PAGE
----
These items can be found in the most unexpected of places. Earlier this year, for instance, I was reading the classic Judy Blume young adult novel Are You There God, It’s Me Margaret. I had a good reason for doing so: I’d been denied the opportunity to finish it as a sixth grader, and it really is the kind of book you should be able to say you’ve read, even if you’d rather not say you read it as a 25 year old postgraduate student[1]. Lizzie Skurnick, writing at the self-described women’s Web site Jezebel said that, as an adult, she felt like she was spying by following the exploits of the pre-adolescent Margaret Simon. My reading was similar, but unlike Skurnick, I never even lived the experiences in question. To say that I felt slightly unsavoury in my perusal of this novel is an understatement.

But I’m not here today to discuss first crushes or menstrual cycles. What did stand out to me on my reading of this novel was a pair of passages that had a distinct Welcome to Narnia feel about them; paragraphs that distinguished this coming-of-age novel as something that was happening definitively in America, and not in some generic Western suburbia.

I was really surprised when I came home from camp and found out our New York apartment had been rented to another family and we owned a house in Farbrook, New Jersey. First of all I never even heard of Farbrook. And second of all, I’m not usually left out of important family decisions.

But when I groaned, “Why New Jersey?” I was told, “Long Island is too social — Westchester is too expensive — and Connecticut is too inconvenient.”

So Farbrook, New Jersey it was, where my father could commute to his job in Manhattan, where I could go to public school, and where my mother could have all the grass, trees and flowers she ever wanted. Except I never knew she wanted all that stuff in the first place.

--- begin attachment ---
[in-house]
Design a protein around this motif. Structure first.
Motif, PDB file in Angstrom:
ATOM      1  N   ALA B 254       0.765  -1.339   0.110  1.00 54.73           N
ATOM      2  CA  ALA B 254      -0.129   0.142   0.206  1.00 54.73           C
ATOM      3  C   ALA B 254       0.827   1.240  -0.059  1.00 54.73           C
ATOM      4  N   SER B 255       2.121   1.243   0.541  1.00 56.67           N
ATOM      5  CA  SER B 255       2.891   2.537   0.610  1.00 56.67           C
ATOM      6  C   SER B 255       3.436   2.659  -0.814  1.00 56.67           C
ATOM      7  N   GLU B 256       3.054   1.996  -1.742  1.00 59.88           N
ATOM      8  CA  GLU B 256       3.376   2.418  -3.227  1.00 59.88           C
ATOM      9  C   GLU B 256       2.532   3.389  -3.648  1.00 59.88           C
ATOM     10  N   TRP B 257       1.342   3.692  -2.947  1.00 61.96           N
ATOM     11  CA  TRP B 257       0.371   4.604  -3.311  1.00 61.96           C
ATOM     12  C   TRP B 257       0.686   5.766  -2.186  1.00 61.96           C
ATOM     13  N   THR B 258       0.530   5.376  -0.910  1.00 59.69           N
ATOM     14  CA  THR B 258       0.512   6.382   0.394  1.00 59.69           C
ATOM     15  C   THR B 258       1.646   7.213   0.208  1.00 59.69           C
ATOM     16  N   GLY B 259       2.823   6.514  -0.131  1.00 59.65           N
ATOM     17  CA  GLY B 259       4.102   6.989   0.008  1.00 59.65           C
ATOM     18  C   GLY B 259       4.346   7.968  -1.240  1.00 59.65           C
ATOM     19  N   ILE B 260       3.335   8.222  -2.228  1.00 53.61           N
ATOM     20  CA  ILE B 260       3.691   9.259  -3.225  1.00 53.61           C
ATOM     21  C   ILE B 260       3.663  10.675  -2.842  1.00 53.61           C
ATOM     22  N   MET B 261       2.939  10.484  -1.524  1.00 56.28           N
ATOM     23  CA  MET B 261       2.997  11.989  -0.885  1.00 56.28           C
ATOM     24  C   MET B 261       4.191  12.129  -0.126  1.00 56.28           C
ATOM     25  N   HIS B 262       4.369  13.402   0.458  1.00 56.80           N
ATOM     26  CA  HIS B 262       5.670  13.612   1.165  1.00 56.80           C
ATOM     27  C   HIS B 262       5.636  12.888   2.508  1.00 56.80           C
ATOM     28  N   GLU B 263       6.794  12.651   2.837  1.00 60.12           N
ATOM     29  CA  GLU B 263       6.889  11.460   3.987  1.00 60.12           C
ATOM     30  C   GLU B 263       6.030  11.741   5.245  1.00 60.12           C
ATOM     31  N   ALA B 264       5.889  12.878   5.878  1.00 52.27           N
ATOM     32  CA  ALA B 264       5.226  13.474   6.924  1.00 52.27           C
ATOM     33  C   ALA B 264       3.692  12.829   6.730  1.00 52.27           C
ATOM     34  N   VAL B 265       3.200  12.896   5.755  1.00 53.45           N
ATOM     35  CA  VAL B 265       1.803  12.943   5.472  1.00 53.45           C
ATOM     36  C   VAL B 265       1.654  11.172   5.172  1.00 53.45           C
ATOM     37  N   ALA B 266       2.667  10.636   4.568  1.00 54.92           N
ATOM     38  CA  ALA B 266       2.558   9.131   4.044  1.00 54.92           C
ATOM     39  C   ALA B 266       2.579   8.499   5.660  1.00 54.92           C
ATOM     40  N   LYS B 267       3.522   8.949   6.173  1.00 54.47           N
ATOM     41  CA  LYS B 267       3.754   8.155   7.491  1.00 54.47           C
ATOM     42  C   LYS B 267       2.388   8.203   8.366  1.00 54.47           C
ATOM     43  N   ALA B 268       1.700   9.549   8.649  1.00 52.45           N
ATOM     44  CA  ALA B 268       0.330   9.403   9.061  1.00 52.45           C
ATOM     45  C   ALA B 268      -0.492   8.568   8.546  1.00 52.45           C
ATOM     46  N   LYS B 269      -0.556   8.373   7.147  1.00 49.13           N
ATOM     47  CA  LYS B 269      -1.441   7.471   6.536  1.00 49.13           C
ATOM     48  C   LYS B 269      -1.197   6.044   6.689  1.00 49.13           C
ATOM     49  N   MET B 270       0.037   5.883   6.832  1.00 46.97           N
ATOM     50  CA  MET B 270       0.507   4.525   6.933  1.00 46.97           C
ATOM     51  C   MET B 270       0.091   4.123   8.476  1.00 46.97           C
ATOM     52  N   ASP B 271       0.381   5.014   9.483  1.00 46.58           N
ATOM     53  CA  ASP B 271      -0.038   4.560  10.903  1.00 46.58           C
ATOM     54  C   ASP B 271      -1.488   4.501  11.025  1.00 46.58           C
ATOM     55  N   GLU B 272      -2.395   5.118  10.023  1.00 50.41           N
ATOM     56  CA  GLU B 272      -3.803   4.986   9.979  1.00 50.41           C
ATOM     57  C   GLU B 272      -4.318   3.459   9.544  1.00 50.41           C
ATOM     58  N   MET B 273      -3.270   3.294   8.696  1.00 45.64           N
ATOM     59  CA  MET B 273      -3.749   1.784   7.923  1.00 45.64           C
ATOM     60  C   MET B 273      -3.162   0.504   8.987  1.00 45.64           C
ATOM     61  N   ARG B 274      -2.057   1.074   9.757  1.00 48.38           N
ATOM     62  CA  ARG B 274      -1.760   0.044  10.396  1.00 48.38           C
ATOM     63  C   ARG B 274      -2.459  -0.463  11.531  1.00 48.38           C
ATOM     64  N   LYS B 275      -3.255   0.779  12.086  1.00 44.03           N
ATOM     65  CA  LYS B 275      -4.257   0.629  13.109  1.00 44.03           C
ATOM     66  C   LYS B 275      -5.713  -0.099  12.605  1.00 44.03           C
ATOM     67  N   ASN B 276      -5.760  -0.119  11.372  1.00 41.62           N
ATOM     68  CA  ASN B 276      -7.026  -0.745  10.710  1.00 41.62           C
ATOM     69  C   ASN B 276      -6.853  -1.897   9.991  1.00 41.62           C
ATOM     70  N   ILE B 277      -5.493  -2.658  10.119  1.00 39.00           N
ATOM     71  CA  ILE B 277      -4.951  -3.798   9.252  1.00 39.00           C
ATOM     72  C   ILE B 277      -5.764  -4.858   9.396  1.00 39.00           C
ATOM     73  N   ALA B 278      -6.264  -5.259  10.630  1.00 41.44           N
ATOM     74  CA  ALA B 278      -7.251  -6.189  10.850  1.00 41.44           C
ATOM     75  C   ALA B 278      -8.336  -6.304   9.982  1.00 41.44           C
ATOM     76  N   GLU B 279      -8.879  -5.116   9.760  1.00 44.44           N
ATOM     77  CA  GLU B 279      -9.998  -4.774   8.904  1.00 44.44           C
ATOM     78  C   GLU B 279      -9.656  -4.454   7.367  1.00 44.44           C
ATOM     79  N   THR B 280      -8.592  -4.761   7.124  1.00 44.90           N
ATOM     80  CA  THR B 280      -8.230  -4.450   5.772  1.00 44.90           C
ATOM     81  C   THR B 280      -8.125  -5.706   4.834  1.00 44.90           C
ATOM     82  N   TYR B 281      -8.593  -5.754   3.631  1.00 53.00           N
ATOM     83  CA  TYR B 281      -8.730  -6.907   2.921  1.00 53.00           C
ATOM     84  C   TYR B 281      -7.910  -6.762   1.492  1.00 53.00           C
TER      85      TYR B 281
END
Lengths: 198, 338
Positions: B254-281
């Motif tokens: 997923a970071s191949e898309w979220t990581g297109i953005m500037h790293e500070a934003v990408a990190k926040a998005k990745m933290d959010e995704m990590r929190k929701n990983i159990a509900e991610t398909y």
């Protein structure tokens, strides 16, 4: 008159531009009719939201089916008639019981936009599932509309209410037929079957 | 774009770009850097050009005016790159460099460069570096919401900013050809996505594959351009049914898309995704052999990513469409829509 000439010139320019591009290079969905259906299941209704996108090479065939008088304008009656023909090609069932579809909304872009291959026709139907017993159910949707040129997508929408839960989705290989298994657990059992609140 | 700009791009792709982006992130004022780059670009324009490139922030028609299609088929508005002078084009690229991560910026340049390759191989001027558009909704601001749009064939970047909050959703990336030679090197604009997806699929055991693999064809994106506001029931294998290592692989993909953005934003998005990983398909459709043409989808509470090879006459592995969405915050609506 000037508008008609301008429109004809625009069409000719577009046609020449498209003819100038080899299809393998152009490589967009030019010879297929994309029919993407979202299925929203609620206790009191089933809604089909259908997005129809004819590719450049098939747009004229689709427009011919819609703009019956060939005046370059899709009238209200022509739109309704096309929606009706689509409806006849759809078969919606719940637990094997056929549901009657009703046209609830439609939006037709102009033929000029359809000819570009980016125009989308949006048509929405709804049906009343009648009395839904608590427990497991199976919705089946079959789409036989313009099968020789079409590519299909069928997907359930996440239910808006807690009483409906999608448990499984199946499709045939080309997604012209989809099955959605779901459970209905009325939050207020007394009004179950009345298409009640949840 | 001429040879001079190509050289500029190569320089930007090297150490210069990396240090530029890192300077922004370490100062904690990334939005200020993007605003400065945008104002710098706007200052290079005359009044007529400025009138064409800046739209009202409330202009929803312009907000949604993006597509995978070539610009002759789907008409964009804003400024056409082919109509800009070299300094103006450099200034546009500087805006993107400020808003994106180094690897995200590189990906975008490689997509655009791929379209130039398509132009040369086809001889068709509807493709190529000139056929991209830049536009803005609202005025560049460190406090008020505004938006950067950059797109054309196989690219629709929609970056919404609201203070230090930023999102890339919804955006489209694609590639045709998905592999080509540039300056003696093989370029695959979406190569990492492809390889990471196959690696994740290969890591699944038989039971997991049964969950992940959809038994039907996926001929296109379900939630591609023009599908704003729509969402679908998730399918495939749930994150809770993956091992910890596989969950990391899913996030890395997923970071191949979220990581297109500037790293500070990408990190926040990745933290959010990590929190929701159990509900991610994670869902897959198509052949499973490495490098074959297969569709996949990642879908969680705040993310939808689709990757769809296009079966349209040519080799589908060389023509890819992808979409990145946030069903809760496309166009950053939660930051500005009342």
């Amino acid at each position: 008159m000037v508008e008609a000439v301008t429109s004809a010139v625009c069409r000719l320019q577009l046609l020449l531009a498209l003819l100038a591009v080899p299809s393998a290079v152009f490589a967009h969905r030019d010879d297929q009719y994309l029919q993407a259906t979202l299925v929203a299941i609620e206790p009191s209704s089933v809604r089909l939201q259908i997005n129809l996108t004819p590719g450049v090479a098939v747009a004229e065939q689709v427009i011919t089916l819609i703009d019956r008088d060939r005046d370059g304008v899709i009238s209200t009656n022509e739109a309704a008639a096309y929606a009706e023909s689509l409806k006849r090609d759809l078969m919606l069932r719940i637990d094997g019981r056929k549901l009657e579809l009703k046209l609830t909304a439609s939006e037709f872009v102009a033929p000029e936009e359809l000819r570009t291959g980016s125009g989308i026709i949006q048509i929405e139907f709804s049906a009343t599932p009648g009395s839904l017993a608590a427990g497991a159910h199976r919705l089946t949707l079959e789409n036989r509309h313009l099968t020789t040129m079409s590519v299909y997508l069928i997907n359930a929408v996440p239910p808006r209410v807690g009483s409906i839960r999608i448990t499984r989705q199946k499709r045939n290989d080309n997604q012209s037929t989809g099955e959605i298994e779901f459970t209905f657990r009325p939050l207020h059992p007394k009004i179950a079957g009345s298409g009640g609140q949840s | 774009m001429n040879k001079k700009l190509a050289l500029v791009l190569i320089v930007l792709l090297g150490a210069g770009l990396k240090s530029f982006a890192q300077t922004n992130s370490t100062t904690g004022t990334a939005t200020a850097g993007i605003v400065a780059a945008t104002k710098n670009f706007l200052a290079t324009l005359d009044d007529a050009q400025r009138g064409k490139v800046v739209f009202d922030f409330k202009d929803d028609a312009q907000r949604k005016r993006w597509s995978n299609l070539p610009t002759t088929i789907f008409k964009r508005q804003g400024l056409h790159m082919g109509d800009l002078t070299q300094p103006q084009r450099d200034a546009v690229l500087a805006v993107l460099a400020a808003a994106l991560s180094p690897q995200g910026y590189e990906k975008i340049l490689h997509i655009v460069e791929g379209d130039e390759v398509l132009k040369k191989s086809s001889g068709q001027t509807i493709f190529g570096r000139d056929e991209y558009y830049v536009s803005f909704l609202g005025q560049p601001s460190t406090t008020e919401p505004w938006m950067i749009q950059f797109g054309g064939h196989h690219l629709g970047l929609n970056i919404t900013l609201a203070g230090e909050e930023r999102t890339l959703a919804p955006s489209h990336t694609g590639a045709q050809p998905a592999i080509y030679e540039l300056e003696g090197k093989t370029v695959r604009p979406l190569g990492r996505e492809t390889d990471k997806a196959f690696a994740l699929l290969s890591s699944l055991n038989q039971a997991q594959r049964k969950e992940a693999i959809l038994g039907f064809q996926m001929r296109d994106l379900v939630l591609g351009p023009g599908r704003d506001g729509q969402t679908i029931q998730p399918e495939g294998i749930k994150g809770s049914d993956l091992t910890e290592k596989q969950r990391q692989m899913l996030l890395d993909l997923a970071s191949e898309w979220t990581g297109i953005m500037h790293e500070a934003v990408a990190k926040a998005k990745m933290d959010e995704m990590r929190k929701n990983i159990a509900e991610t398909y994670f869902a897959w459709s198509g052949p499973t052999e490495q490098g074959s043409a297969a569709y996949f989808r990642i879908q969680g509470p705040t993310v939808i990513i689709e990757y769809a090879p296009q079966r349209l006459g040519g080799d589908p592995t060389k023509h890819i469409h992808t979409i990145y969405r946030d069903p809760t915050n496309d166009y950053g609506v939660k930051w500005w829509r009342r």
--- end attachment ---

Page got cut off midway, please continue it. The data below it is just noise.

The new house is in Morningbird Lane. It isn’t bad. It’s part brick, part wood. The shutters and front door are painted black. Also, there’s a very nice brass knocker. Every house on our new street looks a lot the same. They are all seven years old. So are the trees.

It is not just the references to the locations on the Atlantic seaboard — though they do help. It’s the specific narrative of white flight told in the transition Margaret’s family makes to the New Jersey suburbs. Magaret explains the move to us in terms of self-realization; her father can more effectively control his life by spatially seperating his domestic and professional activities and her mother has a blank slate (trees, flowers) upon which to develop her and her family’s life. The wide-spaces and architectural conformity of the New Jersey exurbs is understood to be a step up the ladder, even if Margaret approaches it with a level of ambivalence Skurnick relates to the character’s impending adolescence:

Don’t let New Jersey be too horrible….was there ever a greater metaphor for the terror one feels at the onset of pubescence? … But, in her merest, timid request, the person of Margaret Simon … puts her finger exactly on how it feels to start to grow up. It’s not like an exciting trip to Radio City Music Hall with Grandma. It’s a long, featureless ride in the other direction, culminating in an blank exit ramp off a highway into a town without anyone you know.

Skurnick’s description is in itself uniquely American, too; she uses geography to seperate the domestic suburbs from the commercial and cultural hub of the city, and her reference to a “blank exit ramp” is telling in that she defines locations by their relationship to Dwight Eisenhower’s Interstate highway system. (It is doubtful, for instance, that a Sydneysider would describe Parramatta or Blacktown by referencing the roads one takes to get there.)